Soldeu Village

Soldeu was until recently a farming village on either side of the busy main road CG2 that runs northeast-southwest through Andorra.

Skiing started here in 1924 and thanks to the Calbo family (who built the Esports Calbo hire shop, some of the restaurants, three of the Sport hotels and one of the lifts) the place has been transformed, and yet it still has a few old buildings reminiscent of the old Andorran Pyrenean style.

Soldeu is a convenient base from which to explore Grandvalira and with six 4-star hotels and a new 5-star hotel Soldeu is the most chic of the six village centres in Grandvalira, It's not as rowdy as Pas de la Casa but still offers a hectic après ski scene from 3:30pm until around 3:00 in the morning and yet is a good venue for families.

Where else to base your stay in Grandvalira? If there's no room for you in Soldeu's 4-star hotels there are plenty of hotels and hotel apartments in nearby resorts.

At 1,300m Encamp is the lowest of the six villages and is home to the 6,127m long Funitel gondola running up to Collada d'Enradort (a 15-minute ride) and the main ski area above Soldeu.

Next, some 200m higher up the valley at 1,500m is Canillo, with it's cable car to El Forn, a quiet crowd-free area good for families with small children and easy ski descents back to village level

El Tarter at 1,710m is a busy part of the ski area and a busy town with 1,800 outdoor and 350 indoor parking spaces (more than four times as many as Canillo or Soldeu) and a popular access point for day visitors to Grandvalira.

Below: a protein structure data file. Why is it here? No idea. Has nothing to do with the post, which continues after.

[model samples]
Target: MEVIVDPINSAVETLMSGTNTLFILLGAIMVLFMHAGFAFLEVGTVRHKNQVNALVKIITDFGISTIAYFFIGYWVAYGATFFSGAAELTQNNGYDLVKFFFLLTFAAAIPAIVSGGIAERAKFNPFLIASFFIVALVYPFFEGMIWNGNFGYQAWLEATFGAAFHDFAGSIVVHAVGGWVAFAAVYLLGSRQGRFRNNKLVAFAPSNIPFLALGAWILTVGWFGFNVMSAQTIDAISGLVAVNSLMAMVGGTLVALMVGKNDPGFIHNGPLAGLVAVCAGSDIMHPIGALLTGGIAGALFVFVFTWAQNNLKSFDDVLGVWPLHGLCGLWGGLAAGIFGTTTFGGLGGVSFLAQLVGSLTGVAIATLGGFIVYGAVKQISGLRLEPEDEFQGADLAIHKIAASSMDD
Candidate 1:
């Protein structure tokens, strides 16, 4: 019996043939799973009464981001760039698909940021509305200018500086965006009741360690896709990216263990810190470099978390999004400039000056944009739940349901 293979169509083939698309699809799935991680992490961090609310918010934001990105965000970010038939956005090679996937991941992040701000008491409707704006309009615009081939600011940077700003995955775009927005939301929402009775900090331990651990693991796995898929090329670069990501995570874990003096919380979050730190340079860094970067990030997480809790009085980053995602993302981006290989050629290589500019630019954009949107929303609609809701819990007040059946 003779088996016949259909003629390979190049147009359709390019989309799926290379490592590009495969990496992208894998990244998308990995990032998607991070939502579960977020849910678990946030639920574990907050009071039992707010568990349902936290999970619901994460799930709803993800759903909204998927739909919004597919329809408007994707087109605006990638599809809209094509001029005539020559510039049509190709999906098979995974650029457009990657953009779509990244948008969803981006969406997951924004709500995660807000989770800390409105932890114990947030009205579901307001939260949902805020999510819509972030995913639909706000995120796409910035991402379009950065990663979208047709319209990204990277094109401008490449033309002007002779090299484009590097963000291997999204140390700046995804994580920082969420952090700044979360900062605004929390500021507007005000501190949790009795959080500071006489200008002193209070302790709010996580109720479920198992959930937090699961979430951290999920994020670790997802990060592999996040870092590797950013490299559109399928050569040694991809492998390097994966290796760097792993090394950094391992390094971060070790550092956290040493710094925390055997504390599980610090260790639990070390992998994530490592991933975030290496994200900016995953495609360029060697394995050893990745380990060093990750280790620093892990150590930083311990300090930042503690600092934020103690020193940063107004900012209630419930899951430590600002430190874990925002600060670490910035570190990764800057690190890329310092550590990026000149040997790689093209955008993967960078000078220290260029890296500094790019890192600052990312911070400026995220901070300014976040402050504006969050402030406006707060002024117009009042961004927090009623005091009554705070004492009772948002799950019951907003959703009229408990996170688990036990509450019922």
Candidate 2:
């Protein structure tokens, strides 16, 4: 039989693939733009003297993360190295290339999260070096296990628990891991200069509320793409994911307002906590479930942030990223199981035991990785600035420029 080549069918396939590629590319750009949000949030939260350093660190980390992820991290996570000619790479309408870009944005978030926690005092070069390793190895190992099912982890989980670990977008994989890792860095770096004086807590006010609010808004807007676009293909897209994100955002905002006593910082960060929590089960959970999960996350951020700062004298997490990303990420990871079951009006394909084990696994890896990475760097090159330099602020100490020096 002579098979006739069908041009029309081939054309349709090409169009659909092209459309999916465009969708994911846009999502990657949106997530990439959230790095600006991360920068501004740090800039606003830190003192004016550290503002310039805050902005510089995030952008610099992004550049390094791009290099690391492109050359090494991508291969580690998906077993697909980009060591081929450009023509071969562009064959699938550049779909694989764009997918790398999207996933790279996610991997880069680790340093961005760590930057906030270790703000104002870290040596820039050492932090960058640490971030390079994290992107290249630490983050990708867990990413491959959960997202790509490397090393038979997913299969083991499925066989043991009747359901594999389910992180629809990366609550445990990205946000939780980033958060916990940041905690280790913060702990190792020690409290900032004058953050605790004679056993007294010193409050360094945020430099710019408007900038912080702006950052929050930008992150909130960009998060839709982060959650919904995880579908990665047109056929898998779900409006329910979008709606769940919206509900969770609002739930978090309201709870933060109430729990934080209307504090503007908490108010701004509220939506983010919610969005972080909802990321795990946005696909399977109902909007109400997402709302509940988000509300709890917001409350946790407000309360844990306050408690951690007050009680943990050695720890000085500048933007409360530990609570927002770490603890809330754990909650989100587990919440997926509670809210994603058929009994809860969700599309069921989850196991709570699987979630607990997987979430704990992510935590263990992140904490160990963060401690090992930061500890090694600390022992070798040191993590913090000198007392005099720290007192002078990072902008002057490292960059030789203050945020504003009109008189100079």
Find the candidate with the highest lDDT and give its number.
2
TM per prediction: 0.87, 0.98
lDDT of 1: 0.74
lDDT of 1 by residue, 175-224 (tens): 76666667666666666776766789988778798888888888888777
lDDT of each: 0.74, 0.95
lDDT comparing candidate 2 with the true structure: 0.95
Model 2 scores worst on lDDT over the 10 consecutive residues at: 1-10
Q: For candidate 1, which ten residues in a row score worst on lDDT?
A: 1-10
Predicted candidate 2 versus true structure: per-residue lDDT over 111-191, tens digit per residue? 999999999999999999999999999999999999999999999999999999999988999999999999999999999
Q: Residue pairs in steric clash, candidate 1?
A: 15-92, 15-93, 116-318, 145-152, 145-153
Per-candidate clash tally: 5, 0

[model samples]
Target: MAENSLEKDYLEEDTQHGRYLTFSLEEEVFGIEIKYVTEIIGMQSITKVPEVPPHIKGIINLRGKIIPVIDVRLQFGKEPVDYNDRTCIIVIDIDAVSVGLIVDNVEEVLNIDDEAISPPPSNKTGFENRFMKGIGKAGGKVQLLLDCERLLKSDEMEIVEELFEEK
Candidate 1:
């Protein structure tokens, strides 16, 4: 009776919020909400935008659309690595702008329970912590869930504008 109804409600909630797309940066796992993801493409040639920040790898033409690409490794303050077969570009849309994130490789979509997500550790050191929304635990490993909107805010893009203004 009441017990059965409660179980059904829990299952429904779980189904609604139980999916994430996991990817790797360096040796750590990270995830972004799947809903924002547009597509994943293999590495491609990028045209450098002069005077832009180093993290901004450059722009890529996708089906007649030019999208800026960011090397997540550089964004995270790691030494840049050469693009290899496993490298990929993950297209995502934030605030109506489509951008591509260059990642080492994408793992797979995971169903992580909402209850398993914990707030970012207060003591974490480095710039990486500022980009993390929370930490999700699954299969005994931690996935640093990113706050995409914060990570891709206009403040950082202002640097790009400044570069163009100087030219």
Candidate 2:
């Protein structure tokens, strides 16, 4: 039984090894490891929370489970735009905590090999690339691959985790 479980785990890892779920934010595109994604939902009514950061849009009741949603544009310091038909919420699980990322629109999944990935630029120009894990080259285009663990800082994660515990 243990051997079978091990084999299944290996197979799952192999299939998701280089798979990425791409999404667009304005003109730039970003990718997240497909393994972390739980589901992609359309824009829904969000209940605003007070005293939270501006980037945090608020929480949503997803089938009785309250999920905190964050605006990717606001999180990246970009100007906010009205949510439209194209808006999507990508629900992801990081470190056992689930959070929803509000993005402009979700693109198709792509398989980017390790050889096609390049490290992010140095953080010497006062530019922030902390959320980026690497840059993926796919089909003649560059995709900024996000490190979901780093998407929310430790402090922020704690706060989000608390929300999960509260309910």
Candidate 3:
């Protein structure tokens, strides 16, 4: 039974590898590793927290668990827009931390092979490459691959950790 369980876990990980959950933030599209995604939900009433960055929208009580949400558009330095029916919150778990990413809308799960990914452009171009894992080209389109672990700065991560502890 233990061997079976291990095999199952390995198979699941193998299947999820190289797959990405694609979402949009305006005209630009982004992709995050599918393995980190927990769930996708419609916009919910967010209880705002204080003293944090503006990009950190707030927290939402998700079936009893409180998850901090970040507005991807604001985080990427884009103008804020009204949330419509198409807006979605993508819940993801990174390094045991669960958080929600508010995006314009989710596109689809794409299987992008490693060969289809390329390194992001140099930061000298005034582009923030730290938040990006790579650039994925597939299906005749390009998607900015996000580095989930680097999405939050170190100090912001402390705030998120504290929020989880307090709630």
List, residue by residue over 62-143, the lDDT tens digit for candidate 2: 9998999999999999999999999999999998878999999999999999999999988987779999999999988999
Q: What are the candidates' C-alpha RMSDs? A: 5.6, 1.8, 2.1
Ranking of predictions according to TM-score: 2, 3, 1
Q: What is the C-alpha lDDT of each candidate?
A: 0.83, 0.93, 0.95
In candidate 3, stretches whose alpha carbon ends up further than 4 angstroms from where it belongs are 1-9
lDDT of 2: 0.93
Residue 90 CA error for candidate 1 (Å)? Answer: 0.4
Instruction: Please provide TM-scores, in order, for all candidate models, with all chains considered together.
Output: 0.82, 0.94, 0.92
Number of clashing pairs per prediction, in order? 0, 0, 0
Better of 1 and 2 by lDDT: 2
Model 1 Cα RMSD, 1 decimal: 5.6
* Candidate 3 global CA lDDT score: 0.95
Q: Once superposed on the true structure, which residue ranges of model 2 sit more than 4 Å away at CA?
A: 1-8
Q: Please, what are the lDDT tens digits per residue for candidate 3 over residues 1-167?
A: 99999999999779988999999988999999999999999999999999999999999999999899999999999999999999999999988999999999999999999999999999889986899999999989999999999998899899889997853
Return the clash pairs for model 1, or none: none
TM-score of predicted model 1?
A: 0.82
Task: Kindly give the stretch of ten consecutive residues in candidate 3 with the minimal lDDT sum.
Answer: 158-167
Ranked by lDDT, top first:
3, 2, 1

Further up, above Soldeu, there's just one hotel in Grau Roig (2,120m) and depending on your point of view this is a 'neither here, nor there' location between Soldeu and Pas de la Casa or a place of beauty with stunning mountain landscapes among one of the biggest of the six sectors that make up the Grandvalira with good off-piste.

Last, not but not least, is Pas de la Casa (2,100m) at the other end of Tunel D'Envalira and closest to the border with France. The first ski lift opened here in 1956, an initiative that transformed this corner of Andorra into a town with 3,000 permanent inhabitants and triple that number of hotel beds. A favourite of the 18-30 crowd and well known for its lagerful nightlife, the ski slopes here are predominantly red and black - families with young children and those not to mingle in a boozy singles après ski scene will be better off elsewhere in Andorra.